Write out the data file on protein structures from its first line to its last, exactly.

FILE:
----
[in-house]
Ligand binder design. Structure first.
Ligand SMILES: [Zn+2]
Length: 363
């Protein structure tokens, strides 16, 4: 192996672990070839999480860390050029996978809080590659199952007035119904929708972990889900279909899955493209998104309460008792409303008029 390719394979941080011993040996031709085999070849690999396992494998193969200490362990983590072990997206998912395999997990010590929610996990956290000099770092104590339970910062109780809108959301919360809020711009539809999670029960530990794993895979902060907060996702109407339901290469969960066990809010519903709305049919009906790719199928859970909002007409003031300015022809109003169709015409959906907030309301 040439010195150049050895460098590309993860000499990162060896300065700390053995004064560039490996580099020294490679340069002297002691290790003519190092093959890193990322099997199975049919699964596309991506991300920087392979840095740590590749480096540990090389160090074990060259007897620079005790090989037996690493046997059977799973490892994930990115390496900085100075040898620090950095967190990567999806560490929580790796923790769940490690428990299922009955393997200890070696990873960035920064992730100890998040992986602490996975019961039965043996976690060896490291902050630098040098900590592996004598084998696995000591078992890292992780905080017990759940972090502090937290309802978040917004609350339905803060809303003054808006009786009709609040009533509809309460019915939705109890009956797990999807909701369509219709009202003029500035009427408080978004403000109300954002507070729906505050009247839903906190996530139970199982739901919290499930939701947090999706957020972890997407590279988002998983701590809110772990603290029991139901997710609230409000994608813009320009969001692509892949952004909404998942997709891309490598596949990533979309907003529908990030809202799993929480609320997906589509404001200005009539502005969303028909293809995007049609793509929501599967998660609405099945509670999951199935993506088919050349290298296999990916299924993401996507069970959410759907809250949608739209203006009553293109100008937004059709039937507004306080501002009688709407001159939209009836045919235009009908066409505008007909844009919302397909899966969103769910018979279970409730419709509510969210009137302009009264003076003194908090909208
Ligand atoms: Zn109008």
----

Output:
[in-house]
Ligand binder design. Structure first.
Ligand SMILES: [Zn+2]
Length: 363
């Protein structure tokens, strides 16, 4: 192996672990070839999480860390050029996978809080590659199952007035119904929708972990889900279909899955493209998104309460008792409303008029 390719394979941080011993040996031709085999070849690999396992494998193969200490362990983590072990997206998912395999997990010590929610996990956290000099770092104590339970910062109780809108959301919360809020711009539809999670029960530990794993895979902060907060996702109407339901290469969960066990809010519903709305049919009906790719199928859970909002007409003031300015022809109003169709015409959906907030309301 040439010195150049050895460098590309993860000499990162060896300065700390053995004064560039490996580099020294490679340069002297002691290790003519190092093959890193990322099997199975049919699964596309991506991300920087392979840095740590590749480096540990090389160090074990060259007897620079005790090989037996690493046997059977799973490892994930990115390496900085100075040898620090950095967190990567999806560490929580790796923790769940490690428990299922009955393997200890070696990873960035920064992730100890998040992986602490996975019961039965043996976690060896490291902050630098040098900590592996004598084998696995000591078992890292992780905080017990759940972090502090937290309802978040917004609350339905803060809303003054808006009786009709609040009533509809309460019915939705109890009956797990999807909701369509219709009202003029500035009427408080978004403000109300954002507070729906505050009247839903906190996530139970199982739901919290499930939701947090999706957020972890997407590279988002998983701590809110772990603290029991139901997710609230409000994608813009320009969001692509892949952004909404998942997709891309490598596949990533979309907003529908990030809202799993929480609320997906589509404001200005009539502005969303028909293809995007049609793509929501599967998660609405099945509670999951199935993506088919050349290298296999990916299924993401996507069970959410759907809250949608739209203006009553293109100008937004059709039937507004306080501002009688709407001159939209009836045919235009009908066409505008007909844009919302397909899966969103769910018979279970409730419709509510969210009137302009009264003076003194908090909208
Ligand atoms: Zn109008």